Was shrivelled to a withered weed and trampled down and done
Till vanished was the morning spring and set that summer sun
And winter fought her battle strife and won

By Langley Bush I roam but the bush hath left its hill
On Cowper Green I stray tis a desert strange and chill
And Spreading Lea, Close Oak ere decay had penned its will
To the axe of the spoiler and self interest fell a prey
And Crossberry Way and old Round Oak’s narrow lane
With its hollow trees like pulpits I shall never see again
Enclosure like a Buonaparte let not a thing remain
It levelled every bush and tree and levelled every hill
And hung the moles for traitors – though the brook is running still
It runs a naked brook cold and chill.

John Clare

Week 51: Stone, by D.M.Thomas


The first book of a poet should be called Stone
Or Evening, expressing in a single word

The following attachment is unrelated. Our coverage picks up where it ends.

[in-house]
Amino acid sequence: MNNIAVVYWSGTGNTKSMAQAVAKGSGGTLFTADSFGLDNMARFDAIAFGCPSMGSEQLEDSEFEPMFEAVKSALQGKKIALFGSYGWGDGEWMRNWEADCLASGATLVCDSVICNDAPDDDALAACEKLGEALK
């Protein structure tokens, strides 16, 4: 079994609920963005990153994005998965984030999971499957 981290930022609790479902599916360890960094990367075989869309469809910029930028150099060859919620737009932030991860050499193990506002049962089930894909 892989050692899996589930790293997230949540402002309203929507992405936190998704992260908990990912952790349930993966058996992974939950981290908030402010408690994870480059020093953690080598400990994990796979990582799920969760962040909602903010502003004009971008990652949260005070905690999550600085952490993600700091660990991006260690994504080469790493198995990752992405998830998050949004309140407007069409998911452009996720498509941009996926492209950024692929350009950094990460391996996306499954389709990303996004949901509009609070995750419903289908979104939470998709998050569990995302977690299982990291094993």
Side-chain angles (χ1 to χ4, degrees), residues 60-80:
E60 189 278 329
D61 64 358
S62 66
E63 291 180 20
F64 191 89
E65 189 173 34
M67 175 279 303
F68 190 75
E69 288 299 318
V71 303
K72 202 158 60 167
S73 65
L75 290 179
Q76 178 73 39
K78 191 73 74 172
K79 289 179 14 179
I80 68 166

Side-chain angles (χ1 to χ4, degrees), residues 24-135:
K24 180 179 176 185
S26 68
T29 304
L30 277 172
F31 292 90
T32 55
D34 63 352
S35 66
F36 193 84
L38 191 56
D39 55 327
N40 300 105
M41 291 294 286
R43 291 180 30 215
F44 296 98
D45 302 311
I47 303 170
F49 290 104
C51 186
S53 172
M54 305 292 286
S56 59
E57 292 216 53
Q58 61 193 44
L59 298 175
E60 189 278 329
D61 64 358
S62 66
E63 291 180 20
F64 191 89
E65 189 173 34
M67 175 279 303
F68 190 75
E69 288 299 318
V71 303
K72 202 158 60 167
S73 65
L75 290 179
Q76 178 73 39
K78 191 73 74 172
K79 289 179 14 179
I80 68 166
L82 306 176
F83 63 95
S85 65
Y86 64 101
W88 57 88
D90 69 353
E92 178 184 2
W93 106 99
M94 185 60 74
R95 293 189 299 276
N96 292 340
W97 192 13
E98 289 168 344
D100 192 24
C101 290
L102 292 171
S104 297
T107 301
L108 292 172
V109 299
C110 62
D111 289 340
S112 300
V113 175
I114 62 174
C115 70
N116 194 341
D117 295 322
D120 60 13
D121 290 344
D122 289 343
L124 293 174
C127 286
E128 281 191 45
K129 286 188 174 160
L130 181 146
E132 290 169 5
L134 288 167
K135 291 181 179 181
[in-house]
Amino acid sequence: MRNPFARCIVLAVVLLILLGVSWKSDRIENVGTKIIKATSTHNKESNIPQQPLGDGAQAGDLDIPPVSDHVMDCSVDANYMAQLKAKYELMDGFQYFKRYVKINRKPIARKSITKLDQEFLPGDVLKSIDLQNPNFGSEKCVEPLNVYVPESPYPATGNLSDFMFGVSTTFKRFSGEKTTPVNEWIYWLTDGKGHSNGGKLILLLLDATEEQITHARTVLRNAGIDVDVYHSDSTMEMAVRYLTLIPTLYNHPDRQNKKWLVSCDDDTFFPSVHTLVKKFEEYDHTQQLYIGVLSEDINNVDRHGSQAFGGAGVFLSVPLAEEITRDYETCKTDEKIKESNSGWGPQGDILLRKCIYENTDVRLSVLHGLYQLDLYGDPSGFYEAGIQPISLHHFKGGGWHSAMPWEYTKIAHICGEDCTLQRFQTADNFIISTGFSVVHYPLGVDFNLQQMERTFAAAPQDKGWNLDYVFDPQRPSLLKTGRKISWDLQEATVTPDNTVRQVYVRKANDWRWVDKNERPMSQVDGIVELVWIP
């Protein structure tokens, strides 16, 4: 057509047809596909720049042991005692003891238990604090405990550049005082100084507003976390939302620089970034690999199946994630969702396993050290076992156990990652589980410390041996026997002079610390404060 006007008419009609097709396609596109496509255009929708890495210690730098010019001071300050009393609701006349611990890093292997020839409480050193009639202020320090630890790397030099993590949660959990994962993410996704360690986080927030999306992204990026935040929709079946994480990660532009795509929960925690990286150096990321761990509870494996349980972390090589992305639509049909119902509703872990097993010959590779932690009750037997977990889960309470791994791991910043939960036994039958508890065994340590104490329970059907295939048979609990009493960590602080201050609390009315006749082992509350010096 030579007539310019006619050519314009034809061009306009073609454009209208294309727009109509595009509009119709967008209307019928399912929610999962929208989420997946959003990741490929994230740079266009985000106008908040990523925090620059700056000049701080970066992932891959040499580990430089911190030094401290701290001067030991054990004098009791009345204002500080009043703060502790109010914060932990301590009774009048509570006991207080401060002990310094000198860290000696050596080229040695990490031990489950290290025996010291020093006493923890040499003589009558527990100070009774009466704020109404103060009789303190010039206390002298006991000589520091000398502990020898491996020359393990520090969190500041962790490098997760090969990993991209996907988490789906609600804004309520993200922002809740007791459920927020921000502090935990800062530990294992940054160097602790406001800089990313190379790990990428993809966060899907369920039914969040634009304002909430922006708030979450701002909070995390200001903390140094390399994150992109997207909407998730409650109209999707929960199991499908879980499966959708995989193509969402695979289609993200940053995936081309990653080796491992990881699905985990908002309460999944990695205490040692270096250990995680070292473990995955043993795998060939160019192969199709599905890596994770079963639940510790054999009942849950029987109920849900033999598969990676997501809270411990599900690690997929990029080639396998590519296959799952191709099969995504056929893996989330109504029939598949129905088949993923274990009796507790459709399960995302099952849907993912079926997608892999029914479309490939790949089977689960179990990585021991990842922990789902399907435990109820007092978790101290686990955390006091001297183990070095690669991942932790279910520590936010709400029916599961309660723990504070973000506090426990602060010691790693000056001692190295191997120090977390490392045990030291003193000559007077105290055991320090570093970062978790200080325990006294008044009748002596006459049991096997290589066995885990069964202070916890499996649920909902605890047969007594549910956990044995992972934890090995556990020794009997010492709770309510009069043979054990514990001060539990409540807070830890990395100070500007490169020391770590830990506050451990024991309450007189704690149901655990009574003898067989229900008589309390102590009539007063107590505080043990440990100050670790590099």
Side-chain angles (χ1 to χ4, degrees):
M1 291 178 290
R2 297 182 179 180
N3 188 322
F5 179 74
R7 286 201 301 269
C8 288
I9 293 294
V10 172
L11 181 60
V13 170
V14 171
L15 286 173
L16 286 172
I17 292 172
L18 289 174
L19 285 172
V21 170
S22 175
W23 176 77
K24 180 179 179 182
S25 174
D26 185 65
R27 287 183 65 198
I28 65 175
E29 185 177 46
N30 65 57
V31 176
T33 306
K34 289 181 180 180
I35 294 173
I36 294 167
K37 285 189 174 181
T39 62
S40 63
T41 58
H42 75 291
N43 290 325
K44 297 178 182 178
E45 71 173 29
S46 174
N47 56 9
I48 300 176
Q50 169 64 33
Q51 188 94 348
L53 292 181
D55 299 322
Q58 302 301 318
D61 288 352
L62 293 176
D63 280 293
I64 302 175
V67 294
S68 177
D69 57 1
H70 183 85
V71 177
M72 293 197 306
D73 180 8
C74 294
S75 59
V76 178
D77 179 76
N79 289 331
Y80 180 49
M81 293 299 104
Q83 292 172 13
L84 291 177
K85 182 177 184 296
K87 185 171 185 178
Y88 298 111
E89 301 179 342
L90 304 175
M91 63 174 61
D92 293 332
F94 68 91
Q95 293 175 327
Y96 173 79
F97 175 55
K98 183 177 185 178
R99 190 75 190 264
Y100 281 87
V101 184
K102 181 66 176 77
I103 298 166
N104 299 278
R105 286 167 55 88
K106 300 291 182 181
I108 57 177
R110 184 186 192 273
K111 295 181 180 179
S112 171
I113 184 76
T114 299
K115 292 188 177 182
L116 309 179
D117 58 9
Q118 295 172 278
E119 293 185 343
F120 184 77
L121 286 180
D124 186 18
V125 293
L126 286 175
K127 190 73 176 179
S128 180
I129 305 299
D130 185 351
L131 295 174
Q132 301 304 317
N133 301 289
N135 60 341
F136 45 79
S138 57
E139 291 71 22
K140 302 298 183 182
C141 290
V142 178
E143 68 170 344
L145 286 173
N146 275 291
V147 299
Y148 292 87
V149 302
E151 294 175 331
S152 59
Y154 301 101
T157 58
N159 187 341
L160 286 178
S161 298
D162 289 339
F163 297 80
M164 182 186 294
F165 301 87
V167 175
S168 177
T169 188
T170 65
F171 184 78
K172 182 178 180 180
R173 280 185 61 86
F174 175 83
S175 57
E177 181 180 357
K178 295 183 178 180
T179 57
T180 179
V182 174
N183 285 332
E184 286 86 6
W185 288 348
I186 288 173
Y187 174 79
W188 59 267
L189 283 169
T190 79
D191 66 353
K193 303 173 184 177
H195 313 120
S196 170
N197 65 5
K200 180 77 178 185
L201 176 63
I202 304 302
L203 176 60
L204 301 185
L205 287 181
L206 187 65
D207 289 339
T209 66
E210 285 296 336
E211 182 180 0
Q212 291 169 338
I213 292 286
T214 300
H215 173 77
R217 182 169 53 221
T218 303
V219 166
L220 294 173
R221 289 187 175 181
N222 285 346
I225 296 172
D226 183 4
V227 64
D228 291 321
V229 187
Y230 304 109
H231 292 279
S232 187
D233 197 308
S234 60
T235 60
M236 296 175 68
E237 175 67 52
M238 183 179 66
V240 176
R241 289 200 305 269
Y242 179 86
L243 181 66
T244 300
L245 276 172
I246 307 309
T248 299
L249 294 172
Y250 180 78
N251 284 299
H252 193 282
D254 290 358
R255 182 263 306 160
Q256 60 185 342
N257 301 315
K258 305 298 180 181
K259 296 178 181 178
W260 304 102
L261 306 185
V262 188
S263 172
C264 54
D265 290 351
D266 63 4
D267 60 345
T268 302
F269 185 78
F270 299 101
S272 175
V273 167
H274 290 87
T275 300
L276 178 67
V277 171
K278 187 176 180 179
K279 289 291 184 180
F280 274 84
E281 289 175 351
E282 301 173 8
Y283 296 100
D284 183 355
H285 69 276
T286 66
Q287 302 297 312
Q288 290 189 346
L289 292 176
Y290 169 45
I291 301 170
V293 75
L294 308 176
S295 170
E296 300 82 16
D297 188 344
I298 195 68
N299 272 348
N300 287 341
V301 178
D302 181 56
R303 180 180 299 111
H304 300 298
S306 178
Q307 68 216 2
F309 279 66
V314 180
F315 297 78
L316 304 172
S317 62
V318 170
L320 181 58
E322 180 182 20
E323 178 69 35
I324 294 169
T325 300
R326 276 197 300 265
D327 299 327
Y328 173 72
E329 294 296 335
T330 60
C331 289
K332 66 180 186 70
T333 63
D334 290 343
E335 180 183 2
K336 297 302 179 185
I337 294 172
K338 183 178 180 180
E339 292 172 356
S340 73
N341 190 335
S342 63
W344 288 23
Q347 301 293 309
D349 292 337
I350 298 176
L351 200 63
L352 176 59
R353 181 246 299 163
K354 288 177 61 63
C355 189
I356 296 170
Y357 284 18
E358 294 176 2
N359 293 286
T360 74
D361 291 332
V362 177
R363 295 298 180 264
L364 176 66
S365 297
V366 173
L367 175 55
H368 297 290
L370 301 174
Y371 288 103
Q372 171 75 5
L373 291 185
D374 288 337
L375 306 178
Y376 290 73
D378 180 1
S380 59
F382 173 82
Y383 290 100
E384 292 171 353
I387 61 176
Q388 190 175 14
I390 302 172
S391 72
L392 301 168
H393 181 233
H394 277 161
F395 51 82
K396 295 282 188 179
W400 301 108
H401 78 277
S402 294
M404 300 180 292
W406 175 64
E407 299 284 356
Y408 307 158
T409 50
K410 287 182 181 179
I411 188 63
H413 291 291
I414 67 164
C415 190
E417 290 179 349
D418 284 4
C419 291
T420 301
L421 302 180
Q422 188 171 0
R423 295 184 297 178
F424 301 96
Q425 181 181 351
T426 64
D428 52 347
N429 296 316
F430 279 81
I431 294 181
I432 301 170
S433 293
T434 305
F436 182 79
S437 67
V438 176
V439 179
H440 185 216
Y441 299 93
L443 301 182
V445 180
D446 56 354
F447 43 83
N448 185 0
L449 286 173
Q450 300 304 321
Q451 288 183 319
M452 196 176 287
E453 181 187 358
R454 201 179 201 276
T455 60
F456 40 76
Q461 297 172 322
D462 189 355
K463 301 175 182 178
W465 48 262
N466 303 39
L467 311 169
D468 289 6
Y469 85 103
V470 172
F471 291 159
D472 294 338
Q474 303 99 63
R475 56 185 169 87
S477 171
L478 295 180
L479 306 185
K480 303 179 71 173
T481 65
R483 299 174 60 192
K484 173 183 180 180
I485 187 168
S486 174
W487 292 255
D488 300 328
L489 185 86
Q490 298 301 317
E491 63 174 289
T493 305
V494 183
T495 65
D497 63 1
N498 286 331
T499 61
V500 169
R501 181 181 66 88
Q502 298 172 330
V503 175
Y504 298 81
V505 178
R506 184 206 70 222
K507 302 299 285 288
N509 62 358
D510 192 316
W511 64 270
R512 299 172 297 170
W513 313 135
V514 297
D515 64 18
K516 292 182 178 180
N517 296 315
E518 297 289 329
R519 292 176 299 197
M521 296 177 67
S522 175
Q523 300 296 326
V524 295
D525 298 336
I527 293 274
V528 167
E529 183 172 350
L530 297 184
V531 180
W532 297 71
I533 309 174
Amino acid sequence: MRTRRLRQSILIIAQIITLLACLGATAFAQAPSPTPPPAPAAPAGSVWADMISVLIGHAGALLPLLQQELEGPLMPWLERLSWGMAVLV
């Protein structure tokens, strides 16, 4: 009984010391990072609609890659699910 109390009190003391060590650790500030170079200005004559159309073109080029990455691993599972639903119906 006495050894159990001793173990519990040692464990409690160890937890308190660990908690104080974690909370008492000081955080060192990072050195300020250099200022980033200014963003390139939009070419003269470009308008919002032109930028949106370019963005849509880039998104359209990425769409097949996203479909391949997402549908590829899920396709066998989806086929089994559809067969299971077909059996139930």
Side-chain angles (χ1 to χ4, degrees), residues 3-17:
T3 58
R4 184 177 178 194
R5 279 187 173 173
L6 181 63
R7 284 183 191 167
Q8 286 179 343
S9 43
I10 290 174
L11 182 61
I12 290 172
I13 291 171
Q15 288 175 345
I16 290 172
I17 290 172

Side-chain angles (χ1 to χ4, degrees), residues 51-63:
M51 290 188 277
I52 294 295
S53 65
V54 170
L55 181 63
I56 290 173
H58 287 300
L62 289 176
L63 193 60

The modesty of being part of the earth,
The goodness of evening and stone, beyond the poet.

The second book should have a name blushing
With a great generality, such as My Sister Life,
Shocking in its pride, even more in its modesty:
Exasperated, warm, teasing, observant, tender.

Later books should withdraw into a mysterious
Privacy such as we all make for ourselves:
The White Stag or Plantain. Or include the name
Of the place at which his book falls open.

There is also the seventh book, perhaps, the seventh,
And called The Seventh Book because it is not published,
The one that a child thinks he could have written,
Made of the firmest stone and clearest leaves,

That a people keep alive by, keep alive.


A fine tribute to the indomitable spirit of Russian poetry and the poets who kept faith with it during the Stalinist era while undergoing the kind of persecution that makes at least one English poet reflect that being of no interest whatsoever to the state or media may not be so bad after all…

 It is perhaps unnecessary to explain that ‘Stone’ was the title of Osip Mandelstam’s first collection, ‘Evening’ was the title of Anna Akhmatova’s first collection, ‘My Sister Life’ was the title of Boris Pasternak’s second collection, ‘Plantain’ and ‘Seventh Book’ were further collections by Akhmatova; the last named was never separately published.

Week 50: Dead Boy, by John Crowe Ransom